The white car is turning into the road on the left. In this case, you are permitted to pass on the right.
There are three fundamental rules for overtaking:
In this situation, it is appropriate to drive on the hard shoulder to assist the silver car overtaking you.
The time gained from an overtaking is often minimal. This makes many overtakes unnecessary in relation to the risks. The time gain per 10 km can generally be said to be:
Do I have to be able to do calculations like the one below on the actual theory test?
– Most likely not. The difference between the alternative answers is often great enough for you to make an estimation like the one above, i.e. that you will gain 1 minute/10 km at speeds under 90 km/h and 30 seconds/10 km at speeds over 90 km/h.
If you are driving at 100 km/h and increase your speed to 110 km/h, how much time do you gain per 10 km?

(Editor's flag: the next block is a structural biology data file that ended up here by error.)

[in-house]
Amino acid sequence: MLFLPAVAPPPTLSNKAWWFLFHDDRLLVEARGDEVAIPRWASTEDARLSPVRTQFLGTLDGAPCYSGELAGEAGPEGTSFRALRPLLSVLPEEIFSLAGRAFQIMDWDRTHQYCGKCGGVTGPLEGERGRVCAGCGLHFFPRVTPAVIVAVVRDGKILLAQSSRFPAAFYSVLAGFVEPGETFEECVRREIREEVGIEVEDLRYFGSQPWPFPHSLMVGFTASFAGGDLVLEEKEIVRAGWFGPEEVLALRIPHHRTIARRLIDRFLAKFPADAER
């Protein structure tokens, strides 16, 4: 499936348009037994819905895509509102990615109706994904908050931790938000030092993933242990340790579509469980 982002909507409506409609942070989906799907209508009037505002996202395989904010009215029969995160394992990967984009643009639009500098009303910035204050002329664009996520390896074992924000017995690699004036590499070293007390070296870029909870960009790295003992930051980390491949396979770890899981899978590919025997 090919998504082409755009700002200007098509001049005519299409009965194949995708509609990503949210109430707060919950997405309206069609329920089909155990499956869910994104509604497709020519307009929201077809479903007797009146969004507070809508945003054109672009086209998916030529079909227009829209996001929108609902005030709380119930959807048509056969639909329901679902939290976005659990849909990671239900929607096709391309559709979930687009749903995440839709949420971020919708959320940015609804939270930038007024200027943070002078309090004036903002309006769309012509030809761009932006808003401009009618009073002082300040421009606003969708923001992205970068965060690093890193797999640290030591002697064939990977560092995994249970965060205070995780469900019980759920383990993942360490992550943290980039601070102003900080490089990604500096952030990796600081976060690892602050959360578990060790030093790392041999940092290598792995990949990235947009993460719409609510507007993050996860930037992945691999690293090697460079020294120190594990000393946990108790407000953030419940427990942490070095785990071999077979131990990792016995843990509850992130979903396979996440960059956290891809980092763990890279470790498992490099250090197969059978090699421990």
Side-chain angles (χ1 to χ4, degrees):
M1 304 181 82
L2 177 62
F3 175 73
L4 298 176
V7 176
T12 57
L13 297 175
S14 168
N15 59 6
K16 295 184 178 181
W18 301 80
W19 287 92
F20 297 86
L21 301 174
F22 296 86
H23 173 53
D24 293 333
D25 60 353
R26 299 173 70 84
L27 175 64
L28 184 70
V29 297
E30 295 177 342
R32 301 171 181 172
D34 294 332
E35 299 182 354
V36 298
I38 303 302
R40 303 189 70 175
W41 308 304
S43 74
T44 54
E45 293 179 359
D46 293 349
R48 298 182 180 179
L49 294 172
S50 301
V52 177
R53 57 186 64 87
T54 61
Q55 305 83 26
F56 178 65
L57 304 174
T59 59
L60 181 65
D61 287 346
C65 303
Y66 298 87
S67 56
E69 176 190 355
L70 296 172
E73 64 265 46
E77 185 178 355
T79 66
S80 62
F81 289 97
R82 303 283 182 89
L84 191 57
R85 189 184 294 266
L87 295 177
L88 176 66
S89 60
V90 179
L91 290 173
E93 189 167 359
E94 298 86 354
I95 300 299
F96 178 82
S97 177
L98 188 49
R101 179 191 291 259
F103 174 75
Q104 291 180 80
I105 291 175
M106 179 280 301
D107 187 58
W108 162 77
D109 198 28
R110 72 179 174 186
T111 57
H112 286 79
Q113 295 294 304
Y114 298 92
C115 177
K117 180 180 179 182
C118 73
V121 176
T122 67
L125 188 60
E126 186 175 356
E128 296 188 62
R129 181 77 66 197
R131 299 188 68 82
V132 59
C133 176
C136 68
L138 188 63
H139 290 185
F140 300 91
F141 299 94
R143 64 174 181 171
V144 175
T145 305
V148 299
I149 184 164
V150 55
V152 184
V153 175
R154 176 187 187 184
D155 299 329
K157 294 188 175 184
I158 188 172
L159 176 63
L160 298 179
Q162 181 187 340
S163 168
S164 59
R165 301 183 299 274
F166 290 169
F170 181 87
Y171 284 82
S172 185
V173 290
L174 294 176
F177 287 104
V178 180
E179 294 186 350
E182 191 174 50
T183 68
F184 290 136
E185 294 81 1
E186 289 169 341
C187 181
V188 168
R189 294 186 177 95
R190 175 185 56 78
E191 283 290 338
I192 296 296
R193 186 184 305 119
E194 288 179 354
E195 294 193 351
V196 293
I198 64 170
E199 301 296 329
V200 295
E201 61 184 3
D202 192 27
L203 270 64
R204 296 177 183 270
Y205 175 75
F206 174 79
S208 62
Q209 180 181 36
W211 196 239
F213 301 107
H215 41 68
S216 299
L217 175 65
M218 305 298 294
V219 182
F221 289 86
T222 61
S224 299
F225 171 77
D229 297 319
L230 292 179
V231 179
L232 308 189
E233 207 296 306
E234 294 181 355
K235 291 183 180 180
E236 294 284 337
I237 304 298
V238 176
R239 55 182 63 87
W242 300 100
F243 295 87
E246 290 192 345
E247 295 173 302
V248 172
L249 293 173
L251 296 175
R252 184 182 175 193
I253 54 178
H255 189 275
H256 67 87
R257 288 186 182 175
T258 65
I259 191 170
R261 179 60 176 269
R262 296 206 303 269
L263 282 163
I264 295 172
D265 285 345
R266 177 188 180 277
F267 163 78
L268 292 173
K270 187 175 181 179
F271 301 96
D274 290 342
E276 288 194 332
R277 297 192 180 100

Colour codes for the figures (easier to keep track of them) | |
Original speed | 100 km/h |
New speed | 110 km/h |
Minutes per hour (since the speed is km/h, kilometres per hour) | 60 min |
Number of kilometres | 10 km |
We first calculate how many minutes it takes to travel 1 km at both speeds:
It therefore takes slightly less time with the higher speed. The difference is:
However, the question is how much time you gain per 10 km, not per km. Therefore, recalculate the time gain per 10 km:
Now it is done. It is however easier to understand if the answer is recalculated to seconds:
Colour codes for the figures (easier to keep track of them) | |
Original speed | 100 km/h |
New speed | 110 km/h |
Distance | 10 km = 10,000 metres |
Fixed conversion rate km/h to m/s | 3.6 times |
Formula for calculation of time:
For the formula to work requires us to use metres instead of 10 km and metres per second (m/s) instead of kilometres an hour (km/h). The speeds are therefore recalculated to m/s:
Only now can we use the formula Distance / speed = time:
We can then work out the time difference between both speeds:
Last updated 2017-09-07.